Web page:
I remember, when living for four years in Indonesia as a child, listening to my mother reading me the first lines of the Declaration of Independence – “We hold these truths to be self-evident, that all men are created equal. That they are endowed by their Creator with certain unalienable rights, that among these are Life, Liberty and the pursuit of Happiness.” I remember her explaining how this declaration applied to every American, black and white and brown alike; how those words, and words of the United States Constitution, protected us from the injustices that we witnessed other people suffering during those years abroad. That’s my idea of America.
As I got older, that gut instinct – that America is the greatest country on earth – would survive my growing awareness of our nation’s imperfections: it’s ongoing racial strife; the perversion of our political system laid bare during the Watergate hearings; the wrenching poverty of the Mississippi Delta and the hills of Appalachia. Not only because, in my mind, the joys of American life and culture, its vitality, its variety and its freedom, always outweighed its imperfections, but because I learned that what makes America great has never been its perfection but the belief that it can be made better. I came to understand that our revolution was waged for the sake of that belief – that we could be governed by laws, not men; that we could be equal in the eyes of those laws; that we could be free to say what we want and assemble with whomever we want and worship as we please; that we could have the right to pursue our individual dreams but the obligation to help our fellow citizens pursue theirs.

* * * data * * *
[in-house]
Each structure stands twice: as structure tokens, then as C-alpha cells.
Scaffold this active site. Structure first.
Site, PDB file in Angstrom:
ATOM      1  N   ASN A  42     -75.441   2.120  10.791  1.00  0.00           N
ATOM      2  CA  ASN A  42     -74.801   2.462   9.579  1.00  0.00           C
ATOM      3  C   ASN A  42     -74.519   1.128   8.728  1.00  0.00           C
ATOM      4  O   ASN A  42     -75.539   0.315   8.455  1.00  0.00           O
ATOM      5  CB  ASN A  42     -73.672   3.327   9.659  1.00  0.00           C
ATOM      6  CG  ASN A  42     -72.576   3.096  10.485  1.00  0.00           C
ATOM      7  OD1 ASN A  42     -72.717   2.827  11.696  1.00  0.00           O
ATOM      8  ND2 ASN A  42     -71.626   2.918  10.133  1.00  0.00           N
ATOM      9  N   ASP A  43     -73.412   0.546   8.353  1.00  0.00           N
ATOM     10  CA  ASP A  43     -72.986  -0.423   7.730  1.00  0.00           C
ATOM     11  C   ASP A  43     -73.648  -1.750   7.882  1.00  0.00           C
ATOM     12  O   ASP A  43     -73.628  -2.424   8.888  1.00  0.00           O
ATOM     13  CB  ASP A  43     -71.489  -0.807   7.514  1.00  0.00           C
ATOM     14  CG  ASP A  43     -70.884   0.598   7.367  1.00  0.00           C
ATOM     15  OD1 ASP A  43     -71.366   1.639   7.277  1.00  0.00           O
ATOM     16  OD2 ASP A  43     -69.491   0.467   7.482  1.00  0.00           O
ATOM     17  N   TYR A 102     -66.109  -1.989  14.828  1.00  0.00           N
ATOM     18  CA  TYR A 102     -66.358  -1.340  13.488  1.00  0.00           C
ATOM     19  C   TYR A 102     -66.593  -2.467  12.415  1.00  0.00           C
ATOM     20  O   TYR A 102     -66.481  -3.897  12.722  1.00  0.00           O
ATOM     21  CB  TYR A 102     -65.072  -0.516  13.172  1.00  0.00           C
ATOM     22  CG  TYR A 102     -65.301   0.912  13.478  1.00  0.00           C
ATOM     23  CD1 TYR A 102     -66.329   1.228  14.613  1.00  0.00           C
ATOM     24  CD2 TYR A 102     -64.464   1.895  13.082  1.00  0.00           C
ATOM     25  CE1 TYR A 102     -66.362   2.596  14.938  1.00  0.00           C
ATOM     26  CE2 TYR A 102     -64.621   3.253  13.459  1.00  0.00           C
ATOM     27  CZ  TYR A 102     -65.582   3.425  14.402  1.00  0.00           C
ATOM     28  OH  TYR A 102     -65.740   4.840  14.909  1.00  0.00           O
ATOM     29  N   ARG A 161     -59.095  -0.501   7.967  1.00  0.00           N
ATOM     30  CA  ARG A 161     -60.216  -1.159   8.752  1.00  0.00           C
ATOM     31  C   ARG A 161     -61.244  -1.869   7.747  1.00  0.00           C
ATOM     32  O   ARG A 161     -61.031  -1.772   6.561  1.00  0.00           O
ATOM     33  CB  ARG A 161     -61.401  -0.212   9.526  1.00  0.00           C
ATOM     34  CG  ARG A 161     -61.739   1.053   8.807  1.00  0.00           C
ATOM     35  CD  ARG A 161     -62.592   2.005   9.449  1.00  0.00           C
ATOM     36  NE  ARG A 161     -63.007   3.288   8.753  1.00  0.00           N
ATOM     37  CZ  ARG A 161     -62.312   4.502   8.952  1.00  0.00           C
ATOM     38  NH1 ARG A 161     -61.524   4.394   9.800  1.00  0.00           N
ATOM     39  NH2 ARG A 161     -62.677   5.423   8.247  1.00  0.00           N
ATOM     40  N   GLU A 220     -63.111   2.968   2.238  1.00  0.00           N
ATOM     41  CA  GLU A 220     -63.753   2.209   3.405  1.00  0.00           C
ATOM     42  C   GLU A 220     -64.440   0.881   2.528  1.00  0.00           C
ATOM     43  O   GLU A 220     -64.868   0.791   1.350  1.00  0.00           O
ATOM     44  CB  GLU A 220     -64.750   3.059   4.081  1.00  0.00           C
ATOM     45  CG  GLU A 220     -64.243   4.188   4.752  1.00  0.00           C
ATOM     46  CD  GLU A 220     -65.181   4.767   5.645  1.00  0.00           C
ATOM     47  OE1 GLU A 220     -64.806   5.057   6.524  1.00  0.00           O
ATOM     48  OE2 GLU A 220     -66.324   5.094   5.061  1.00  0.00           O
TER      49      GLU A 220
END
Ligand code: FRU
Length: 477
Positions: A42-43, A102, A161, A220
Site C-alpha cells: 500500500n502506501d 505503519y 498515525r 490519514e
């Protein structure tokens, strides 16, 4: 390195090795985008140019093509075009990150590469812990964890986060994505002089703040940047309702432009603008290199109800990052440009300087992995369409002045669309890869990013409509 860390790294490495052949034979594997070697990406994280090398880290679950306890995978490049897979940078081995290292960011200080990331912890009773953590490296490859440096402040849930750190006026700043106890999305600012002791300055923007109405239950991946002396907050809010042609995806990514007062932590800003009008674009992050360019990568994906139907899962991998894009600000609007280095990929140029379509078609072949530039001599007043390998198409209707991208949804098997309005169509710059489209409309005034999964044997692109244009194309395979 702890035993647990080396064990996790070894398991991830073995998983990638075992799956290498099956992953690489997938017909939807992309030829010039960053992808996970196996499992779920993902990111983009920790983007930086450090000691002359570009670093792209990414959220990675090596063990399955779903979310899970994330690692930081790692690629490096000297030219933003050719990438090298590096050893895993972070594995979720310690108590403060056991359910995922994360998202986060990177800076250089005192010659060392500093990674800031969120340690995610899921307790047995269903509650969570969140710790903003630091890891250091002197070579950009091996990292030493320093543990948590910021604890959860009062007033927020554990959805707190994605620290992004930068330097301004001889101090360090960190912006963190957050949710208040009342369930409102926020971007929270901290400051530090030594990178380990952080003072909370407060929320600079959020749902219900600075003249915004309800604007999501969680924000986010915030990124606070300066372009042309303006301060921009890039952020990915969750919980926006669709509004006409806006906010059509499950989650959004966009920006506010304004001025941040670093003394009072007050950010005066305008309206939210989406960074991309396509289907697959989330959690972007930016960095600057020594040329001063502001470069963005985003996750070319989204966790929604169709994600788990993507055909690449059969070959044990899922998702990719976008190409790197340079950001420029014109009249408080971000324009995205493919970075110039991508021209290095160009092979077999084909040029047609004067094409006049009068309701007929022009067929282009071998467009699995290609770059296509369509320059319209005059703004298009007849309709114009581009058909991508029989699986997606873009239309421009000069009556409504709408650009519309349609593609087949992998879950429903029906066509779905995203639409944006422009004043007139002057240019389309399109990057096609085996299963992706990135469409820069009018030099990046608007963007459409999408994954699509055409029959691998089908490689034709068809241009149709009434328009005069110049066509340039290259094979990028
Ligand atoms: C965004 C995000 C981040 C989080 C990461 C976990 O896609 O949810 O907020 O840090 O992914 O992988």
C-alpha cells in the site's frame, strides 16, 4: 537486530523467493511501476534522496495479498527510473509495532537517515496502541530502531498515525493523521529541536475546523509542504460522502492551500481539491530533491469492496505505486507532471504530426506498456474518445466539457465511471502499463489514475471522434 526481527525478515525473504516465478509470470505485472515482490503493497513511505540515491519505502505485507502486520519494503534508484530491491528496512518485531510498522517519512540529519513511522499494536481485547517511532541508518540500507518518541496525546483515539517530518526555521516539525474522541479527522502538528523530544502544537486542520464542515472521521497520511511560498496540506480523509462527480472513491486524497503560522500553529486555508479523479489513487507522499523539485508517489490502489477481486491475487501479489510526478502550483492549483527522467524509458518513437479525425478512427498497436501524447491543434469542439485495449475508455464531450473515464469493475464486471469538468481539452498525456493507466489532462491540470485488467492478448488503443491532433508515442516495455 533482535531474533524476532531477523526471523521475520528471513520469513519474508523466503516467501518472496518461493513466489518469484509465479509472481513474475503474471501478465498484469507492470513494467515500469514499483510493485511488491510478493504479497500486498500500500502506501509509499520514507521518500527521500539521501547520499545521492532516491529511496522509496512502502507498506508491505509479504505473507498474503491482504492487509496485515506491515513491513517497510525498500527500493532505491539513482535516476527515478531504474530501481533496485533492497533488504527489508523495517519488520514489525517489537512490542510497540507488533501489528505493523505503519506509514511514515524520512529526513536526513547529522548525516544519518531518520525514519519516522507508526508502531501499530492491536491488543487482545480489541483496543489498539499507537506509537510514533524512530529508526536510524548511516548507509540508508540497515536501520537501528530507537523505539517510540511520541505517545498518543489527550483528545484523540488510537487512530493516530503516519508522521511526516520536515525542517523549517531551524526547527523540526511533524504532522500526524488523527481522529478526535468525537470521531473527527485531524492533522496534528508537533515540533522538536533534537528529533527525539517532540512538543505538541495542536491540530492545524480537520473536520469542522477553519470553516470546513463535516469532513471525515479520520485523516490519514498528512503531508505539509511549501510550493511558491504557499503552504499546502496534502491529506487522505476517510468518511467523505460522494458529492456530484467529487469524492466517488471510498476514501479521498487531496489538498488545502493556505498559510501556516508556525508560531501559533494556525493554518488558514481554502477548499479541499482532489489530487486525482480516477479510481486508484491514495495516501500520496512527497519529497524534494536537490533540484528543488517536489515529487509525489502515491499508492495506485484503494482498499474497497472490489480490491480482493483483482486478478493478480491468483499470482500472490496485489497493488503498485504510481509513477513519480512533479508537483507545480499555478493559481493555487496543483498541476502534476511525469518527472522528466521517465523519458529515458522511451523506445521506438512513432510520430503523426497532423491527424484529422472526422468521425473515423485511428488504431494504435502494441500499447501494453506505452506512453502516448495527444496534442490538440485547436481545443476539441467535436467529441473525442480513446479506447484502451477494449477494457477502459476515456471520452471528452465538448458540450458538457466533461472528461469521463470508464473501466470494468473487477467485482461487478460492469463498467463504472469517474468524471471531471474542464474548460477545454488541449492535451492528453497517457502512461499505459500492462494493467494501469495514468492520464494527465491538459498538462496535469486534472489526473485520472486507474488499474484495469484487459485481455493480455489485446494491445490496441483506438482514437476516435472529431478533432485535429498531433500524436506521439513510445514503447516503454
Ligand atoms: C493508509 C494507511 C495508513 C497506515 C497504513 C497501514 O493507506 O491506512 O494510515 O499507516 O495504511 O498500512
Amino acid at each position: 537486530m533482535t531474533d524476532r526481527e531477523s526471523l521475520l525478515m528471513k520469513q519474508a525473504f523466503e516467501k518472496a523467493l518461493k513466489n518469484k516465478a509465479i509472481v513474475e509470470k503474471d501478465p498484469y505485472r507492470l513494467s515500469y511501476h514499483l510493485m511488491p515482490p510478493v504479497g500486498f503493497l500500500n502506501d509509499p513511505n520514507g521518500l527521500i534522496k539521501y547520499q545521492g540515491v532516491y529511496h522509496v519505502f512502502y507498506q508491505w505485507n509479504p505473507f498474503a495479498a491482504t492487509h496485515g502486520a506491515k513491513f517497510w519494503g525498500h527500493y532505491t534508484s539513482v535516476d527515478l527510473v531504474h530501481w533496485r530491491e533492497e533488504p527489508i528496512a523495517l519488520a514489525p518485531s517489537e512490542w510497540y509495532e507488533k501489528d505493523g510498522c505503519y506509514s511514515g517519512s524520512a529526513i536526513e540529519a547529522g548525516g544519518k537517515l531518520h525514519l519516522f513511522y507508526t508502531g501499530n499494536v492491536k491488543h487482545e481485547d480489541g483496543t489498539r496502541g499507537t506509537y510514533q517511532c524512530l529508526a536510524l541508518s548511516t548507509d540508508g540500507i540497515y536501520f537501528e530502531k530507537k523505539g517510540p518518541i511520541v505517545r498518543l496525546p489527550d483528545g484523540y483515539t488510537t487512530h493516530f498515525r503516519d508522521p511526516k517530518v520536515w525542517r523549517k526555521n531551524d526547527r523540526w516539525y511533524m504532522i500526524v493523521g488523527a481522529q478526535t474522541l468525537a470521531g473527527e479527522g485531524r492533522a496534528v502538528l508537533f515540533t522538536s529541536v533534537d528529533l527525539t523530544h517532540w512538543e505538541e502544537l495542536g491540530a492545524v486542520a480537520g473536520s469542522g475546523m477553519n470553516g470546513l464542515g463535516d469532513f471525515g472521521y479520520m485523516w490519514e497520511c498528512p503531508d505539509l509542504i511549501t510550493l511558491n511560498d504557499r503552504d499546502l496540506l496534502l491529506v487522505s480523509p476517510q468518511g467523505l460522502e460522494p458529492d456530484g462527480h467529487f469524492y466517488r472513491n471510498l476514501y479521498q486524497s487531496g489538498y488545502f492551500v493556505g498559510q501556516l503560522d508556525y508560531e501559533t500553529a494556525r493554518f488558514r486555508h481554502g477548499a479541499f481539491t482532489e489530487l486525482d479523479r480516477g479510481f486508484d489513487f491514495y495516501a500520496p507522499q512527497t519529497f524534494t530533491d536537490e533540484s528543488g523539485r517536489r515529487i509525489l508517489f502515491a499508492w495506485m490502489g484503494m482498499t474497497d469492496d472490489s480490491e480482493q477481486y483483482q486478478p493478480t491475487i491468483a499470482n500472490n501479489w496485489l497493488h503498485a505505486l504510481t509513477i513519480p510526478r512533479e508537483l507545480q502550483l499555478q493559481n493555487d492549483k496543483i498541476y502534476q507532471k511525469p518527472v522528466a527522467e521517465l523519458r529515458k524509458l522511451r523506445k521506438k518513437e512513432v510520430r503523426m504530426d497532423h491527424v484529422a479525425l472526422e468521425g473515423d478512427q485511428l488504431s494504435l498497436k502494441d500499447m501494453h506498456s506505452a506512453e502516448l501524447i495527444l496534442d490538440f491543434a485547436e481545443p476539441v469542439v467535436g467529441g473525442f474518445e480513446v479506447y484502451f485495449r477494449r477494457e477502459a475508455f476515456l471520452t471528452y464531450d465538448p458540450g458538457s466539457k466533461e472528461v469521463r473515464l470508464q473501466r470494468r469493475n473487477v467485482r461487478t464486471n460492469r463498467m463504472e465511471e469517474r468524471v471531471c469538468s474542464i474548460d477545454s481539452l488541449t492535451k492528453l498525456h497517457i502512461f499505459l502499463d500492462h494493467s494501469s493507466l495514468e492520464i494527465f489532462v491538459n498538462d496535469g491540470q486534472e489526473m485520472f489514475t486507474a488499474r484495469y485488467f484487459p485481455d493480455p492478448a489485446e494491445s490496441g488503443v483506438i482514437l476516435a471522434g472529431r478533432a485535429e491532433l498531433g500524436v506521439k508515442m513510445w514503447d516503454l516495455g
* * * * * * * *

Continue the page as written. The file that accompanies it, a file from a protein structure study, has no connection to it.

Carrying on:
It’s hard to get your arms around an entire country. It’s too big for the easy summations people like the Freepi give it; they draw the circle too small. It’s hard to love them as part of the country you love, but if their pathology is that they can’t accept us as part of them then our grace has to be that we can. At times I wish we could wall them off in their own state and let them have their weird theocracy so they don’t poison everything that allows them to be, but who then would remind us we’ve always got farther to fall? They’re on the fringes, pushing, reminding us that if we’re not careful, look where we’ll end up. Look where we are. I appreciate them for that; it’s easy to start to believe that’s everybody else, but it’s not the case.
It’s hard to get your arms around an entire place that holds so much anger and fear, and when you’re a fighter you think that’s all there is to do, fight, and you start seeing everything in terms of opponents, the problems, the gaps to be filled and the list of tasks yet to be done. I’m not saying take a break, I’m not saying it’s okay to kick back today of all days; in four days Congress is gonna start fucking with the Constitution again and so we’ve all got phones to get on. But I am saying, it’s easy to see all the broken places, and forget that, to paraphrase the great Leonard Cohen, the only reason you can see the breaks at all is from the light shining through them.
And that light for is everyone who ever did something kind for someone else, for the dollar that fed someone its giver never met, for the hand that opened the door to the prison camp, for the feet that marched the picket line, for the cooks in the soup kitchens and the people making beds in the shelters, for the voices answering calls for help in the middle of the night. For the New Deal and the 101st Airborne, the teachers for America and the doctors at the free clinic down the street. For the Spirit of ’76 and the Freedom Riders, the fishermen on the lake at 5 a.m. in the summertime and the construction workers on the Dan Ryan at midnight. For Thomas Jefferson and John F. Kennedy, for the astronauts and the cafeteria workers, for the singers and writers and painters and poets, for my neighbor who gave me matches when our power went out (300 candles in this house, and no matches or lighter) and the cop who comes through our alley and waves to the kids riding bikes and the guy who leaves the house across the street every morning yelling over his shoulder, “I love you, honey!” For you, and you and you and you, you, and you.
The quality of mercy isn’t exclusively ours, of course, but the examples are, and for whatever yours are, I think, we can raise our voices and sing a venerable drunken tavern song: